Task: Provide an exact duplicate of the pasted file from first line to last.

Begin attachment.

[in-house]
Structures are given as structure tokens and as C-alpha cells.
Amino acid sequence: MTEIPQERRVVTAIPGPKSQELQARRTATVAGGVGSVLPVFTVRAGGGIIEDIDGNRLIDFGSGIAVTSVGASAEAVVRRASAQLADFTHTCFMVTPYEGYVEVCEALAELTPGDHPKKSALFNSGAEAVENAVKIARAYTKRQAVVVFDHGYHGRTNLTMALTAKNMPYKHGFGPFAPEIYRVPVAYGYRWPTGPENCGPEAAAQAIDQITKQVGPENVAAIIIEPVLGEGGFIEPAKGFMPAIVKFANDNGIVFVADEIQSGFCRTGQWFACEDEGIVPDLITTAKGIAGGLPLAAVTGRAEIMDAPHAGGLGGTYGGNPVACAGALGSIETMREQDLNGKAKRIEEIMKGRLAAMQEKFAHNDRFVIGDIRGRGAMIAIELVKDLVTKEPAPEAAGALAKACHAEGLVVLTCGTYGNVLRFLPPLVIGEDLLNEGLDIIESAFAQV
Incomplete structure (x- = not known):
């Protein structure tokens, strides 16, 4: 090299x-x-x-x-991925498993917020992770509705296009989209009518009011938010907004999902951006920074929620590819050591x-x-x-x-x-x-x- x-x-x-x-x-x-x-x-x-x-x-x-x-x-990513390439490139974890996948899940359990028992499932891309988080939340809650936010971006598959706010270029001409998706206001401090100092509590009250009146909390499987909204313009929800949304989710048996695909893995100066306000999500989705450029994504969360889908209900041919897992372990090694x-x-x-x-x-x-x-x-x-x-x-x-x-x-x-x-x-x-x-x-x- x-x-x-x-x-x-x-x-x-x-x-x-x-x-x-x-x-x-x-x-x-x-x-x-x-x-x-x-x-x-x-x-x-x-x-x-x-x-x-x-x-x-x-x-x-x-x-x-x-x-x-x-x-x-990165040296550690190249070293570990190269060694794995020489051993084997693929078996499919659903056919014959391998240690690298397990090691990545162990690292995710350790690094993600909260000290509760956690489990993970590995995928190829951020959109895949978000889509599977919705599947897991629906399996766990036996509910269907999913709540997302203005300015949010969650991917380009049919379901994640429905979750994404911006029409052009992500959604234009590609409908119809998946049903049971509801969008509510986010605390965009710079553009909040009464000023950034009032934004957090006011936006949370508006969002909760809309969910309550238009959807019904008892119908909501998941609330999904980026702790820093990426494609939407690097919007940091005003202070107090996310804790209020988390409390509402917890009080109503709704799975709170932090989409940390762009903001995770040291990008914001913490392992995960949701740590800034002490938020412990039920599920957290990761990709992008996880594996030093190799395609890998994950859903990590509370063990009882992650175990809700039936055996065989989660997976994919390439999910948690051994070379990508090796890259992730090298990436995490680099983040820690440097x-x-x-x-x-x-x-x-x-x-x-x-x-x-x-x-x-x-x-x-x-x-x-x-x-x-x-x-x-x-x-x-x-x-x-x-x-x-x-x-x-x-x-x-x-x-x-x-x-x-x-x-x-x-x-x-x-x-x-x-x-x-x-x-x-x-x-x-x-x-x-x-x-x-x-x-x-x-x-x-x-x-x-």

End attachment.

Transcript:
[in-house]
Structures are given as structure tokens and as C-alpha cells.
Amino acid sequence: MTEIPQERRVVTAIPGPKSQELQARRTATVAGGVGSVLPVFTVRAGGGIIEDIDGNRLIDFGSGIAVTSVGASAEAVVRRASAQLADFTHTCFMVTPYEGYVEVCEALAELTPGDHPKKSALFNSGAEAVENAVKIARAYTKRQAVVVFDHGYHGRTNLTMALTAKNMPYKHGFGPFAPEIYRVPVAYGYRWPTGPENCGPEAAAQAIDQITKQVGPENVAAIIIEPVLGEGGFIEPAKGFMPAIVKFANDNGIVFVADEIQSGFCRTGQWFACEDEGIVPDLITTAKGIAGGLPLAAVTGRAEIMDAPHAGGLGGTYGGNPVACAGALGSIETMREQDLNGKAKRIEEIMKGRLAAMQEKFAHNDRFVIGDIRGRGAMIAIELVKDLVTKEPAPEAAGALAKACHAEGLVVLTCGTYGNVLRFLPPLVIGEDLLNEGLDIIESAFAQV
Incomplete structure (x- = not known):
């Protein structure tokens, strides 16, 4: 090299x-x-x-x-991925498993917020992770509705296009989209009518009011938010907004999902951006920074929620590819050591x-x-x-x-x-x-x- x-x-x-x-x-x-x-x-x-x-x-x-x-x-990513390439490139974890996948899940359990028992499932891309988080939340809650936010971006598959706010270029001409998706206001401090100092509590009250009146909390499987909204313009929800949304989710048996695909893995100066306000999500989705450029994504969360889908209900041919897992372990090694x-x-x-x-x-x-x-x-x-x-x-x-x-x-x-x-x-x-x-x-x- x-x-x-x-x-x-x-x-x-x-x-x-x-x-x-x-x-x-x-x-x-x-x-x-x-x-x-x-x-x-x-x-x-x-x-x-x-x-x-x-x-x-x-x-x-x-x-x-x-x-x-x-x-x-990165040296550690190249070293570990190269060694794995020489051993084997693929078996499919659903056919014959391998240690690298397990090691990545162990690292995710350790690094993600909260000290509760956690489990993970590995995928190829951020959109895949978000889509599977919705599947897991629906399996766990036996509910269907999913709540997302203005300015949010969650991917380009049919379901994640429905979750994404911006029409052009992500959604234009590609409908119809998946049903049971509801969008509510986010605390965009710079553009909040009464000023950034009032934004957090006011936006949370508006969002909760809309969910309550238009959807019904008892119908909501998941609330999904980026702790820093990426494609939407690097919007940091005003202070107090996310804790209020988390409390509402917890009080109503709704799975709170932090989409940390762009903001995770040291990008914001913490392992995960949701740590800034002490938020412990039920599920957290990761990709992008996880594996030093190799395609890998994950859903990590509370063990009882992650175990809700039936055996065989989660997976994919390439999910948690051994070379990508090796890259992730090298990436995490680099983040820690440097x-x-x-x-x-x-x-x-x-x-x-x-x-x-x-x-x-x-x-x-x-x-x-x-x-x-x-x-x-x-x-x-x-x-x-x-x-x-x-x-x-x-x-x-x-x-x-x-x-x-x-x-x-x-x-x-x-x-x-x-x-x-x-x-x-x-x-x-x-x-x-x-x-x-x-x-x-x-x-x-x-x-x-």